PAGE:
March 7, 2021

Alpha To Alliances: The Big Chill – Event Report

All star

In early February a polar vortex descended on the Midwest, forcing the denizens to seek shelter indoors once again. Frigid temps (and not to mention the ever-present pandemic) once again ushered in a refrain we know now by heart: “wanna jam some games?”

A2A: The Big Chill was organized (passive voice, for humility) to spread the gospel of the new Alpha to Alliances hotness a little farther. We’ve been playing and testing and brewing for some time now and after a companion event put on by the Lords of the Pit, the enthusiasm was high. The Big Chill saw 19 mages gather together virtually to test brews and have a good ‘ol time.

The event was held in batch format. Batch 1 with random pairings, and Batch 2 based on standings. Notably, participants were allowed to change decks between batches–either making tweaks to their Batch 1 deck, or tossing it in the bin and playing something else entirely. Full proxies were allowed as well. Both of these characteristics allowed players to test out brews or get familiar with the nuances of the format. If a stew was too spicy, the second helping could be toned down to a palatable level.

It’s like watching a match in real life, but if you’re hanging from the ceiling.

Here be the results, and a few stray thoughts:

The inimitable Mr. Finney emerged victorious with his 4 color TaxHaupsBind deck, leaving the rest of us decimated in the aftermath of the glacial flood. His mix of Land Tax to fuel a persistent Stormbind and Jokulhaups make for a very difficult deck to beat. It’s a really cool strategy that has several ways of winning, including Autumn Willow or the Dude Ranch. But Jokulhaups itself is so backbreaking, leaving enchantments the only thing surviving (which means Stormbind). Unfortunately for Necro players like myself, it also means that all you have left is the Skull and if you don’t have a hand full of lands to build back up, that 6 mana red card has spelled the end for you.

Next, Josh B took 2nd place with his very tuned brand of Renimator. The combination of Brainstorm and Bazaar works very well with the Reanimator plan to get the most use out of the busted blue instant AND further the game plan of filling the graveyard with ghouls and robots. The mail continues to be fucked nationwide, so that’s why Josh’s Kird Apes turned into Gorilla Shamans between Batches 1 and 2. But the Mox Monkey emerged a star in the event.

In 3rd place was Stephen with a list close to me heart: a RUG aggro deck. This utilized Gorilla Shaman to help with the mana disruption plan, and got some good mileage out of Arcane Denial, another inclusion from Alliances. It inspired me and I wound up building a RUG list much like Stephen’s to test in the future.

Moss came in 4th with Atog. Atog gets Mana Crypt as well as a whole host of burn spells. And with the rest of the field using things like Necropotence or Land Tax to fill their hands, Black Vise becomes more important. Likewise, Ankh of Mishra sees more play. The deck can also leverage Mox Monkey well.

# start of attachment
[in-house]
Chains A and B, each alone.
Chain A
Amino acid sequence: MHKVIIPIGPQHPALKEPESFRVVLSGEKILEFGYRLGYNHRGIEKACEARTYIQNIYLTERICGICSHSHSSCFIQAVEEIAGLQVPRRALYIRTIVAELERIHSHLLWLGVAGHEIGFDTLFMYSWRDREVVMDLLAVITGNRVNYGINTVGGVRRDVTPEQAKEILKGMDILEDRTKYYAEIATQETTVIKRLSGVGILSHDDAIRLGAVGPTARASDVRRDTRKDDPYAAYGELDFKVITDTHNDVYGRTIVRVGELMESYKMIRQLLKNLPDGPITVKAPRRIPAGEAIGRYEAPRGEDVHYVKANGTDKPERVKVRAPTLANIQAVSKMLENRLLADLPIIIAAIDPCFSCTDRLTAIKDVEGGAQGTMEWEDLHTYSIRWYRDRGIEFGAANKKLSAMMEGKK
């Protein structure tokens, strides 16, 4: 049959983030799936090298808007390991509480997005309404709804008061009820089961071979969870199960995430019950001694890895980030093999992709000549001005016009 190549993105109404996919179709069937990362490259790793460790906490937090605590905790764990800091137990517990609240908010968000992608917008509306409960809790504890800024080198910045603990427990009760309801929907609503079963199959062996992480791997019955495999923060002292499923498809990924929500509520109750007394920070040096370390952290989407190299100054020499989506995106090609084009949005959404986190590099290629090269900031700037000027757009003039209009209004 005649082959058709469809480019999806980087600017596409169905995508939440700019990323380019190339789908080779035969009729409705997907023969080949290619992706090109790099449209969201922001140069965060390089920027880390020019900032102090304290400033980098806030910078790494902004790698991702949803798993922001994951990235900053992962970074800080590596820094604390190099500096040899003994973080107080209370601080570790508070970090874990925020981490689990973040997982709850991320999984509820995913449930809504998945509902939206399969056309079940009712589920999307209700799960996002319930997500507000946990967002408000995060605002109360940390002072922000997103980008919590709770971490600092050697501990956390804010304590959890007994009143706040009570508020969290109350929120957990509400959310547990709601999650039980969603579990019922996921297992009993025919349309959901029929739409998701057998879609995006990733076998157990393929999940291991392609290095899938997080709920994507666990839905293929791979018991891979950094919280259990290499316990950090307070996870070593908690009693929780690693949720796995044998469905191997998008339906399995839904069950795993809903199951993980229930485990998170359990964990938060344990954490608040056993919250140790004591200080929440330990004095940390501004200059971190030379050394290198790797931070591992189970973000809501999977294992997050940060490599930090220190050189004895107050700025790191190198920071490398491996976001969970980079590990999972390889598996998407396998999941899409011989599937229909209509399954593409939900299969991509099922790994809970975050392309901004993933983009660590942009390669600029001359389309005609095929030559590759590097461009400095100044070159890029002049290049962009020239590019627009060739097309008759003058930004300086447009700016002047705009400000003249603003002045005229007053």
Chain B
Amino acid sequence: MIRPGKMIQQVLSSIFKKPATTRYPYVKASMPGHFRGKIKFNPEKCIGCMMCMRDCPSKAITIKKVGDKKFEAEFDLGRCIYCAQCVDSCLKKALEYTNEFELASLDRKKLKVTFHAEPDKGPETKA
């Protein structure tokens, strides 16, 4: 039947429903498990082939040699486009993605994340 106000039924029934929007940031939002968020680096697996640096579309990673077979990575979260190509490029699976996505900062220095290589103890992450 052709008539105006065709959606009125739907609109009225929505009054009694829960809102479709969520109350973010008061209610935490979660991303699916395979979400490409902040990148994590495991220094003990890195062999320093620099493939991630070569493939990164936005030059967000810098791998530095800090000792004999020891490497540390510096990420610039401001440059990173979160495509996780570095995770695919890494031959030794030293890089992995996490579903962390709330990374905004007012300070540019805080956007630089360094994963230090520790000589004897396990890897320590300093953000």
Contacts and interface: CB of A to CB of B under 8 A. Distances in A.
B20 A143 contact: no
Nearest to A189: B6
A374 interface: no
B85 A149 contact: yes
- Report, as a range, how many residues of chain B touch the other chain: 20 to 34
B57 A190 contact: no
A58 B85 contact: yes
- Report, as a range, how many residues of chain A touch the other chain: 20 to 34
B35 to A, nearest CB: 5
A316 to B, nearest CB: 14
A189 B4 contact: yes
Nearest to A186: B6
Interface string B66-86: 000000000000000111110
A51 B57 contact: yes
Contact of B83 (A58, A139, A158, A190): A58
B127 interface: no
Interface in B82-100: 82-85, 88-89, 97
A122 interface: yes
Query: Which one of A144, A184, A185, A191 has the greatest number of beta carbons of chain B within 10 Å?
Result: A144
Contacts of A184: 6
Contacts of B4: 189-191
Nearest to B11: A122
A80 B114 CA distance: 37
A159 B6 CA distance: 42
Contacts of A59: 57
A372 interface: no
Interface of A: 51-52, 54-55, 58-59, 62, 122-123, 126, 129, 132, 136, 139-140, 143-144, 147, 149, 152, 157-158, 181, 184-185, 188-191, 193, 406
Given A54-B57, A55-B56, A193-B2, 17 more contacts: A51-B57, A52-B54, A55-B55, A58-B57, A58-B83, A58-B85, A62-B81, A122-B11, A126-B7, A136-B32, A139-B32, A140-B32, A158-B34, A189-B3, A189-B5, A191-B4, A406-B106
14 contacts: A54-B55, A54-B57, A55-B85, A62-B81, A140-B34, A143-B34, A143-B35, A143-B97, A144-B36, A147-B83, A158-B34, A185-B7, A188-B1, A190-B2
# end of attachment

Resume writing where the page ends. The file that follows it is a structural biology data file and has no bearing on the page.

The diversity of the field surprised and pleased me the most. With proxies allowed, people still played what they wanted to test out or brewed. Personal styles were still a big part of determining the metagame. Bazaars are now however much you want to spend in ink, and with all the tools available for Reanimator, it seems to be a very dominant deck. But that didn’t mean everyone defaulted to it. And that gives me hope for future proxy events. We all bring something to the table with the intent of having a good time. Printing your way into the Top 8 isn’t something that I feel like Old School dudes are going to do in order to have the best time we can have. Sometimes that involves a Bazaar and a yard full of monsters. Other times, it involves a double-Berserked Yavimaya Ants. But when you have an assortment of old and newly made friends playing webcam Magic through the coldest month of the year, who cares if anyone sharpied one card to represent another?

It’s about the gathering. However we can make it happen.

Decklists are presented below:

Alan – 1st Place

Alan – Batch 1
Alan – Batch 2

Josh B – 2nd Place

Josh B – Batch 1
Josh B – Batch 2

Stephen – 3rd Place

Stephen – Batch 1
Stephen – Batch 2

Moss – 4th Place

Moss – Batch 1 and Batch 2

Piquard – 5th Place

Piquard – Batch 1
Piquard – Batch 2

Ben R – 6th Place

Ben R – Batch 1
Ben R – Batch 2

Cayce – 7th Place

Cayce – Batch 1
Cayce – Batch 2

Sonny – 8th Place

Sonny – Batch 1
Sonny – Batch 2

Adam – 9th Place

Adam – Batch 1
Adam – Batch 2

Charles – 10th Place

Charles – Batch 1
Charles – Batch 2

Sherry – 11th Place

Sherry – Batch 1
Sherry – Batch 2

JJ – 12th Place

JJ – Batch 1
JJ – Batch 2

Nick – 13th Place

Nick – Batch 1
Nick – Batch 2

Brandon – 14th Place

Brandon – Batch 1
Brandon – Batch 2

Jon – 15th Place (Dropped)

Josh J – 16th Place

Josh J – Batch 1
Josh J – Batch 2

Rajah – 17th Place

Rajah – Batch 1
Rajah – Batch 2

Joe – 18th Place (Decklist Missing)

Cam – 19th Place

Cam – Batch 1
Cam – Batch 2

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